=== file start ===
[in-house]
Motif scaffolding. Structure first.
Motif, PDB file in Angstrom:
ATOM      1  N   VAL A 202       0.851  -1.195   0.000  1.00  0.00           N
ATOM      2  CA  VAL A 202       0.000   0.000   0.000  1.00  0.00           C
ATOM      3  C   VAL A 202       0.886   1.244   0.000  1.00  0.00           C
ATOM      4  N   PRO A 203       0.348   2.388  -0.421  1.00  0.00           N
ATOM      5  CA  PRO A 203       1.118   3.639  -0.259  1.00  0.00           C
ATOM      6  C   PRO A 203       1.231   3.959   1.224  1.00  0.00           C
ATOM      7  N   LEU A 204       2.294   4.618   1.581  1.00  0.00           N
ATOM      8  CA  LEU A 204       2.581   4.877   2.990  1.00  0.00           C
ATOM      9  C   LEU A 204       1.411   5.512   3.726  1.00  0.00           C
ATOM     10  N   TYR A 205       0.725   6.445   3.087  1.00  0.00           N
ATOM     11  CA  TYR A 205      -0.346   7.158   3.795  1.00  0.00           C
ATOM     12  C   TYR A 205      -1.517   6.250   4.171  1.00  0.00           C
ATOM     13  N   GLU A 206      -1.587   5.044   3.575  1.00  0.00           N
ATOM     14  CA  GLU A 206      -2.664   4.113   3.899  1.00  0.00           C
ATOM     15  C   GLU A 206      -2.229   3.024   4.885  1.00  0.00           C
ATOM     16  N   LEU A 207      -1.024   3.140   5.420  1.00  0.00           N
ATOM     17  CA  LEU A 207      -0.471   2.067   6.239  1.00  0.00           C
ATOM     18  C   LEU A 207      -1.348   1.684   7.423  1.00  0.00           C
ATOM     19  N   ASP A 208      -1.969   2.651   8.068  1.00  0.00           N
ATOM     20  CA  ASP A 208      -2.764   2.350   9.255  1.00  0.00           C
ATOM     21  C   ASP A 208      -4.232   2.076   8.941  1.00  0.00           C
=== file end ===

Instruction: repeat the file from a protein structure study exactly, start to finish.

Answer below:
[in-house]
Motif scaffolding. Structure first.
Motif, PDB file in Angstrom:
ATOM      1  N   VAL A 202       0.851  -1.195   0.000  1.00  0.00           N
ATOM      2  CA  VAL A 202       0.000   0.000   0.000  1.00  0.00           C
ATOM      3  C   VAL A 202       0.886   1.244   0.000  1.00  0.00           C
ATOM      4  N   PRO A 203       0.348   2.388  -0.421  1.00  0.00           N
ATOM      5  CA  PRO A 203       1.118   3.639  -0.259  1.00  0.00           C
ATOM      6  C   PRO A 203       1.231   3.959   1.224  1.00  0.00           C
ATOM      7  N   LEU A 204       2.294   4.618   1.581  1.00  0.00           N
ATOM      8  CA  LEU A 204       2.581   4.877   2.990  1.00  0.00           C
ATOM      9  C   LEU A 204       1.411   5.512   3.726  1.00  0.00           C
ATOM     10  N   TYR A 205       0.725   6.445   3.087  1.00  0.00           N
ATOM     11  CA  TYR A 205      -0.346   7.158   3.795  1.00  0.00           C
ATOM     12  C   TYR A 205      -1.517   6.250   4.171  1.00  0.00           C
ATOM     13  N   GLU A 206      -1.587   5.044   3.575  1.00  0.00           N
ATOM     14  CA  GLU A 206      -2.664   4.113   3.899  1.00  0.00           C
ATOM     15  C   GLU A 206      -2.229   3.024   4.885  1.00  0.00           C
ATOM     16  N   LEU A 207      -1.024   3.140   5.420  1.00  0.00           N
ATOM     17  CA  LEU A 207      -0.471   2.067   6.239  1.00  0.00           C
ATOM     18  C   LEU A 207      -1.348   1.684   7.423  1.00  0.00           C
ATOM     19  N   ASP A 208      -1.969   2.651   8.068  1.00  0.00           N
ATOM     20  CA  ASP A 208      -2.764   2.350   9.255  1.00  0.00           C
ATOM     21  C   ASP A 208      -4.232   2.076   8.941  1.00  0.00           C